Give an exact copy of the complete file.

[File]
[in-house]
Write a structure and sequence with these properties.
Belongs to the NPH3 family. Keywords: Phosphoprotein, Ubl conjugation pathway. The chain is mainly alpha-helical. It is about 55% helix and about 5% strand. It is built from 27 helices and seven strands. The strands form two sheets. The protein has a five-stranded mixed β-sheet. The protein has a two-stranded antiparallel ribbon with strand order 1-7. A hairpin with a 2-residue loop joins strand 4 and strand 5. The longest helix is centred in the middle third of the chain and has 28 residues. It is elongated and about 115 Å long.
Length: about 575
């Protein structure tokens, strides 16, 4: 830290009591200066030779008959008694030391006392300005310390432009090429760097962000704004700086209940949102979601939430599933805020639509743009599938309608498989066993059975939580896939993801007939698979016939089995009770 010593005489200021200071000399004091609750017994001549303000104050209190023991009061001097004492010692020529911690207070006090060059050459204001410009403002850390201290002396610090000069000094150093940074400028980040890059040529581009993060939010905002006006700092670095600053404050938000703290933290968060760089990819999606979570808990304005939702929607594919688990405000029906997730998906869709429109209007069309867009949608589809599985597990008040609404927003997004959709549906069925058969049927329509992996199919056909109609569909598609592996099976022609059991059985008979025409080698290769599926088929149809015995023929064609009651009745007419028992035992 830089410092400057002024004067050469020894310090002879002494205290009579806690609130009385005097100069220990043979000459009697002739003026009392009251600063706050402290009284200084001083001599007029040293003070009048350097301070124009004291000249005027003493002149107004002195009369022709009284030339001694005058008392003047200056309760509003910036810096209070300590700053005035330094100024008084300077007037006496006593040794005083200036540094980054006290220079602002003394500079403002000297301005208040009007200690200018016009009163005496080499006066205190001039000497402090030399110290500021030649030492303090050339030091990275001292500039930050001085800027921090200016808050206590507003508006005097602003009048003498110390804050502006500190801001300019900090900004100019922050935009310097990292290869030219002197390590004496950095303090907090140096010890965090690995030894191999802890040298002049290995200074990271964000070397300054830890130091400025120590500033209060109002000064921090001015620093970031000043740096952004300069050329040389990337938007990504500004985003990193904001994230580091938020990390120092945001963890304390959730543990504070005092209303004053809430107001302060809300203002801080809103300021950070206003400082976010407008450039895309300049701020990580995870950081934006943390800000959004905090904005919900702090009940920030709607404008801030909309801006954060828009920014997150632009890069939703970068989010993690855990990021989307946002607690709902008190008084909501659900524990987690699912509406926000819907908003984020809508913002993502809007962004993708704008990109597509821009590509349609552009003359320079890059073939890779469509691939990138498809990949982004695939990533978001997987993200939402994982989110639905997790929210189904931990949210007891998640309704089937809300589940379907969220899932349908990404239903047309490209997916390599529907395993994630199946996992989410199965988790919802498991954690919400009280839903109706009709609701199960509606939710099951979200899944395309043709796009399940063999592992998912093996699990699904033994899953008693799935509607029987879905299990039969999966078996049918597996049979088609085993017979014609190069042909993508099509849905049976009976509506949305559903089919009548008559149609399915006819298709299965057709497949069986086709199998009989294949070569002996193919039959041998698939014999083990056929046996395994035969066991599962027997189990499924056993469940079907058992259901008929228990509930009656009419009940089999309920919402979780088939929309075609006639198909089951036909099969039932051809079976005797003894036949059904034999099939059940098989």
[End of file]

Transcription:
[in-house]
Write a structure and sequence with these properties.
Belongs to the NPH3 family. Keywords: Phosphoprotein, Ubl conjugation pathway. The chain is mainly alpha-helical. It is about 55% helix and about 5% strand. It is built from 27 helices and seven strands. The strands form two sheets. The protein has a five-stranded mixed β-sheet. The protein has a two-stranded antiparallel ribbon with strand order 1-7. A hairpin with a 2-residue loop joins strand 4 and strand 5. The longest helix is centred in the middle third of the chain and has 28 residues. It is elongated and about 115 Å long.
Length: about 575
């Protein structure tokens, strides 16, 4: 830290009591200066030779008959008694030391006392300005310390432009090429760097962000704004700086209940949102979601939430599933805020639509743009599938309608498989066993059975939580896939993801007939698979016939089995009770 010593005489200021200071000399004091609750017994001549303000104050209190023991009061001097004492010692020529911690207070006090060059050459204001410009403002850390201290002396610090000069000094150093940074400028980040890059040529581009993060939010905002006006700092670095600053404050938000703290933290968060760089990819999606979570808990304005939702929607594919688990405000029906997730998906869709429109209007069309867009949608589809599985597990008040609404927003997004959709549906069925058969049927329509992996199919056909109609569909598609592996099976022609059991059985008979025409080698290769599926088929149809015995023929064609009651009745007419028992035992 830089410092400057002024004067050469020894310090002879002494205290009579806690609130009385005097100069220990043979000459009697002739003026009392009251600063706050402290009284200084001083001599007029040293003070009048350097301070124009004291000249005027003493002149107004002195009369022709009284030339001694005058008392003047200056309760509003910036810096209070300590700053005035330094100024008084300077007037006496006593040794005083200036540094980054006290220079602002003394500079403002000297301005208040009007200690200018016009009163005496080499006066205190001039000497402090030399110290500021030649030492303090050339030091990275001292500039930050001085800027921090200016808050206590507003508006005097602003009048003498110390804050502006500190801001300019900090900004100019922050935009310097990292290869030219002197390590004496950095303090907090140096010890965090690995030894191999802890040298002049290995200074990271964000070397300054830890130091400025120590500033209060109002000064921090001015620093970031000043740096952004300069050329040389990337938007990504500004985003990193904001994230580091938020990390120092945001963890304390959730543990504070005092209303004053809430107001302060809300203002801080809103300021950070206003400082976010407008450039895309300049701020990580995870950081934006943390800000959004905090904005919900702090009940920030709607404008801030909309801006954060828009920014997150632009890069939703970068989010993690855990990021989307946002607690709902008190008084909501659900524990987690699912509406926000819907908003984020809508913002993502809007962004993708704008990109597509821009590509349609552009003359320079890059073939890779469509691939990138498809990949982004695939990533978001997987993200939402994982989110639905997790929210189904931990949210007891998640309704089937809300589940379907969220899932349908990404239903047309490209997916390599529907395993994630199946996992989410199965988790919802498991954690919400009280839903109706009709609701199960509606939710099951979200899944395309043709796009399940063999592992998912093996699990699904033994899953008693799935509607029987879905299990039969999966078996049918597996049979088609085993017979014609190069042909993508099509849905049976009976509506949305559903089919009548008559149609399915006819298709299965057709497949069986086709199998009989294949070569002996193919039959041998698939014999083990056929046996395994035969066991599962027997189990499924056993469940079907058992259901008929228990509930009656009419009940089999309920919402979780088939929309075609006639198909089951036909099969039932051809079976005797003894036949059904034999099939059940098989």